RFDS’ Western Operations has sustained significant pressure increases on its resources, since the expansion of the mining and energy industries between 10 and 15 years ago.
“The challenge for the RFDS in WA has been in keeping up with the rapid increase in demand for our aeromedical and primary health care services, as the resources and associated sectors fuel our population expansion in regional hub and communities in the state’s North West regions,” Mr Harvey said.
“Our state-wide emergency call centre last year received more than 35,000 calls for medical assistance and advice. Never before in our history has the footprint and the reach of the RFDS been larger across the state. To ensure we are able to deliver life-saving services to the furthest corners of our state, we have to continually expand our reach and capabilities.”
Western Operations operates five bases throughout WA, at Jandakot, Kalgoorlie, Meekatharra, Derby and Port Hedland. In response to the resources boom and a realignment of the Health Department’s regional hub in the North West, Western Operations is now working toward opening a sixth base in Broome.
“In the last five years, RFDS patient transportations to Broome have increased by a staggering 236 per cent. Broome is now our busiest patient transport hub in the north of the state, with over 600 patients moved to and from the destination last year,” Mr Harvey said.
“We are looking to establish a new base in Broome, to better meet demand; however, this comes at a price. Establishing a new base will cost approximately $20 million, and is entirely dependent on funding support received from government, corporates and fundraising from the community.”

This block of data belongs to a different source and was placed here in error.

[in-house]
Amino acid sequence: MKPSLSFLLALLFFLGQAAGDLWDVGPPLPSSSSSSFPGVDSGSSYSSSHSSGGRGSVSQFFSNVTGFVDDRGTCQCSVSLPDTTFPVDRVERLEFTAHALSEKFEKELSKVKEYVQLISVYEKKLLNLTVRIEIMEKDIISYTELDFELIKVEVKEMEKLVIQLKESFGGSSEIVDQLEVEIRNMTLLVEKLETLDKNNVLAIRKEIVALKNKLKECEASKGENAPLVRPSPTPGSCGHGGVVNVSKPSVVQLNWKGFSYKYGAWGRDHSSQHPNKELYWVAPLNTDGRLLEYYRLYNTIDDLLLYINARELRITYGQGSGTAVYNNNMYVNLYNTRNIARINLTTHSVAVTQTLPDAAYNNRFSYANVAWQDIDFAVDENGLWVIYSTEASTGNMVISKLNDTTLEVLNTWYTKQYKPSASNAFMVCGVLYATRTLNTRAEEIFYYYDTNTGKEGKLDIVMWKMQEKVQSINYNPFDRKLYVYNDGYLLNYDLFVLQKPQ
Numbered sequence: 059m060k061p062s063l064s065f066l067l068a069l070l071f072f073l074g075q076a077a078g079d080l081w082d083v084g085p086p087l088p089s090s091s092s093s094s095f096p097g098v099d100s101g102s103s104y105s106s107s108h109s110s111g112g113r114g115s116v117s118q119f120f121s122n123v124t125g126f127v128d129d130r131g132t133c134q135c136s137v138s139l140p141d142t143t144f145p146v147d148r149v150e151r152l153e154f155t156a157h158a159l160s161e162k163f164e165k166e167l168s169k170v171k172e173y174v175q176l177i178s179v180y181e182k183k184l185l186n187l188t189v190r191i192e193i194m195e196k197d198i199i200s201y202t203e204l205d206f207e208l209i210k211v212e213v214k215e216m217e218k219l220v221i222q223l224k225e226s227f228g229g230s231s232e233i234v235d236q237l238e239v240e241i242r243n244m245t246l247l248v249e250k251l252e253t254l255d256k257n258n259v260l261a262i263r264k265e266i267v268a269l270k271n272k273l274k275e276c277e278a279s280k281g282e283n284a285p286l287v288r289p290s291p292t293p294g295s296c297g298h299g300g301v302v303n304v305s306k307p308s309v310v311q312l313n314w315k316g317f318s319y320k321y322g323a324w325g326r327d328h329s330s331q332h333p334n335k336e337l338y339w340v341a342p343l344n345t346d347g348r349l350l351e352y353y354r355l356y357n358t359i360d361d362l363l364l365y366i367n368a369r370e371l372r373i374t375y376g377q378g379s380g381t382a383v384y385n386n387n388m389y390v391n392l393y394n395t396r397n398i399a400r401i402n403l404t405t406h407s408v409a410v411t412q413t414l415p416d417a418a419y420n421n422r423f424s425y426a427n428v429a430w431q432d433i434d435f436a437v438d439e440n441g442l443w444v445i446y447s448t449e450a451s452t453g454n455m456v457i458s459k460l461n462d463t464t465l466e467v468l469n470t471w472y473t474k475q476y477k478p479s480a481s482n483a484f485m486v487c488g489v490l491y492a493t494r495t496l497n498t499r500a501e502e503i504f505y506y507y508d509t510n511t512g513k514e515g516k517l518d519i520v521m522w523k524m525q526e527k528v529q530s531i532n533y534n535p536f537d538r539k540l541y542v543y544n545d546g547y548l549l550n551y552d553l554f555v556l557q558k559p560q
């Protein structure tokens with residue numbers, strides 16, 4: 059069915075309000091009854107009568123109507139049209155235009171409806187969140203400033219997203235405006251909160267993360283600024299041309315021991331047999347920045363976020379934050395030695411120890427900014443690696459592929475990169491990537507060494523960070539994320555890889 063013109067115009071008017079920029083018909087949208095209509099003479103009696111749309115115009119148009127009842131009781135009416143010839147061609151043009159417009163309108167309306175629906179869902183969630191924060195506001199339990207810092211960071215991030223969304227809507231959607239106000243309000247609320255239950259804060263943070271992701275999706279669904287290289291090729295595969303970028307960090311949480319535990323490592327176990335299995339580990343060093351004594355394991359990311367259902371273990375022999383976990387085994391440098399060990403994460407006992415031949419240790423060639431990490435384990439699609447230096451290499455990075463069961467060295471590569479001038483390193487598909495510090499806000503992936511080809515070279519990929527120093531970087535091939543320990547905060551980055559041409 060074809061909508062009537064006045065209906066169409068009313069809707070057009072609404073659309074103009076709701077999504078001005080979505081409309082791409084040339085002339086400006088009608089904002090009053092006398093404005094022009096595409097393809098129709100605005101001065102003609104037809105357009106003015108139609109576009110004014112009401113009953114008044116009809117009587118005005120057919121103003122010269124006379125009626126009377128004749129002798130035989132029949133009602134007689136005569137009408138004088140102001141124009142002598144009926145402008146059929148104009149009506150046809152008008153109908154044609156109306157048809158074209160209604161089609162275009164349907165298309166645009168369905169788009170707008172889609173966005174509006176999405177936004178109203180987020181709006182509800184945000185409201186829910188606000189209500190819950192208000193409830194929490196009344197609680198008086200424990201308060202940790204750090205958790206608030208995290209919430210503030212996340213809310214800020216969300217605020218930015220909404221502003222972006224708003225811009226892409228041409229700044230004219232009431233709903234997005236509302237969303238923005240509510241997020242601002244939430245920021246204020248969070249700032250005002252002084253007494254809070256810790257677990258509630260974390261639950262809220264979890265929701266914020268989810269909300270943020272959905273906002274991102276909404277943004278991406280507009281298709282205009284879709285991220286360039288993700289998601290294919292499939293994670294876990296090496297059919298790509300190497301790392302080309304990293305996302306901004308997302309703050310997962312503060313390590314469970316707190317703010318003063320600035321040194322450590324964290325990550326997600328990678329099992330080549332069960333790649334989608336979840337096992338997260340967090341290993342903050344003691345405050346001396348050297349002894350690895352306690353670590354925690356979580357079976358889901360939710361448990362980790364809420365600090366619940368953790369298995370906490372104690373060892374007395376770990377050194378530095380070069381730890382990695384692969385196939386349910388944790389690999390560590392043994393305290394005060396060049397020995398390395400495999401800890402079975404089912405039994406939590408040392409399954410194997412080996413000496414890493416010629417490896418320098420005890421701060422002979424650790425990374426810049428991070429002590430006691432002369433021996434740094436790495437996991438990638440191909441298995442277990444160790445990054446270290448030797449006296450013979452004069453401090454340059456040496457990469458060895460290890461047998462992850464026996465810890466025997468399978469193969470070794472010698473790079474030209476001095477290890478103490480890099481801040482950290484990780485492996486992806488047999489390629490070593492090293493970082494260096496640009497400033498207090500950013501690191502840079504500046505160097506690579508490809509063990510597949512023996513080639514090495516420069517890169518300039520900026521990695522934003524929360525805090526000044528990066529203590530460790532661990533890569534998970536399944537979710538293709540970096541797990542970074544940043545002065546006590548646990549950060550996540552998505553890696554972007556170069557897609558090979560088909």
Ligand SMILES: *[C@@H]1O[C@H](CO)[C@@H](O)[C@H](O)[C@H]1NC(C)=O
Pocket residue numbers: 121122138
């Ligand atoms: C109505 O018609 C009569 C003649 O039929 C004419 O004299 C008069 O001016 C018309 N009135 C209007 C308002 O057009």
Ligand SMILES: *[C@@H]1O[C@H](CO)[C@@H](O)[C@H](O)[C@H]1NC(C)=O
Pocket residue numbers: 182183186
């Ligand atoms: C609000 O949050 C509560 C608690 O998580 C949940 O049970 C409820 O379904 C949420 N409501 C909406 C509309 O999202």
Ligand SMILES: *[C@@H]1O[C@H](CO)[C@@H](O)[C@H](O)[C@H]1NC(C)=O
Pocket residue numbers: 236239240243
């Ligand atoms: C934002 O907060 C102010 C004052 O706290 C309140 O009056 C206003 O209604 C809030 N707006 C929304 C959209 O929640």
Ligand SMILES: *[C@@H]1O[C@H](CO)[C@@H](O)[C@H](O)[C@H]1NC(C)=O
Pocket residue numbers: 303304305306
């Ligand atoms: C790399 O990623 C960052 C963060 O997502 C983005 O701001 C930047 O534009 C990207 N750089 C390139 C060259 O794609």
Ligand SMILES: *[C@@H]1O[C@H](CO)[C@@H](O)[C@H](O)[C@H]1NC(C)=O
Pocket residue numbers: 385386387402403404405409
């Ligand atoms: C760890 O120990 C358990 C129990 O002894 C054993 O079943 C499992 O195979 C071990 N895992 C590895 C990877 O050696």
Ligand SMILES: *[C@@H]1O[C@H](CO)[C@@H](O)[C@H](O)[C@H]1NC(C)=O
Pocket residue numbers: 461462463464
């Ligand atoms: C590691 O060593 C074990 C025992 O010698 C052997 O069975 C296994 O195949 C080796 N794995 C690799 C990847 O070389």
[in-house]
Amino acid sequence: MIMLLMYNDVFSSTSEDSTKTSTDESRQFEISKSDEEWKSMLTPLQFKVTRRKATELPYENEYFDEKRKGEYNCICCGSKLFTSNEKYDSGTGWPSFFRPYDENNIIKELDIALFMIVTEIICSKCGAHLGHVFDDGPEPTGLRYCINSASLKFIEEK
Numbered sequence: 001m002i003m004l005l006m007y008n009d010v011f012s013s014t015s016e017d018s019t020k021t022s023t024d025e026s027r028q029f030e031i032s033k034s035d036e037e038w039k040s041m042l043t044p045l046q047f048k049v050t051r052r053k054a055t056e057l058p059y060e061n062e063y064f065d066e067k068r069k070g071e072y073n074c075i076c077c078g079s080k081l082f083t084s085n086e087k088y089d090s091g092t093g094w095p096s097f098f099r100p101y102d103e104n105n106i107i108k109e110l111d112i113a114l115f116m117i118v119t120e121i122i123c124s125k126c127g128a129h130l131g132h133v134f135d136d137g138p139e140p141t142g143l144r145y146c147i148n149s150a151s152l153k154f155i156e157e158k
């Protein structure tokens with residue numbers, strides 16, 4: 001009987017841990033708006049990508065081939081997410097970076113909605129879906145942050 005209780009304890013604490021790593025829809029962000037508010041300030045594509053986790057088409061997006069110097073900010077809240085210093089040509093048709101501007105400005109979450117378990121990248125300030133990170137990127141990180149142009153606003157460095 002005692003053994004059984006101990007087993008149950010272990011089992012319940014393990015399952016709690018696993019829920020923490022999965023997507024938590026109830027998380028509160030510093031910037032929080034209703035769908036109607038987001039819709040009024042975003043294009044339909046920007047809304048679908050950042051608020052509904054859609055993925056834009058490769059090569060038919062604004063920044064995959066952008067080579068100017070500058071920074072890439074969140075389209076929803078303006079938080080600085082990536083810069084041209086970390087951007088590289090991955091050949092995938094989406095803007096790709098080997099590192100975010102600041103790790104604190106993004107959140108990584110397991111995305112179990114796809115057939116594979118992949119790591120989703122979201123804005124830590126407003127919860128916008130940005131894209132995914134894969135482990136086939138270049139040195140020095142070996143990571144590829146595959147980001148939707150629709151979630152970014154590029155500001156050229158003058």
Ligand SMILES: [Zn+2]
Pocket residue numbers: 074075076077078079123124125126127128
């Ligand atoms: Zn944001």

In recognition of the service the Western Operations performs for the resources industry within WA, the organisation has received generous funding from leading resource sector businesses including Rio Tinto, BHP Billiton, Woodside and Chevron. Despite these contributions, Western Operations recorded an operating deficit of $800,000 in 2011 to 2012, mostly due to patient transportation expenses.
With the building of the Broome RFDS base Western Operations aims to level its balance into the future. RFDS in 2013 and beyond Across 2011 to 2012, RFDS clocked up significant figures per day: 72,870km of air travel; 750 patient contacts and 112 transported patients, including primary evacuations, inter-hospital transfers, transports from clinics, repatriations and road transports.
Based on these figures, Mr Harvey projected continuing growth for the organisation, while maintaining a central view of the organisation’s ethos.
“It is our mission to provide the finest care to the furthest corners of our country,” he said.
“It is the spirit of John Flynn’s vision to provide a ‘mantle of safety’; that motivates us to continue his entrusted legacy of our past 85 years, ensuring that we continue to provide relevant and contemporary services, and expand our life-saving case as our state continues to grow and prosper.”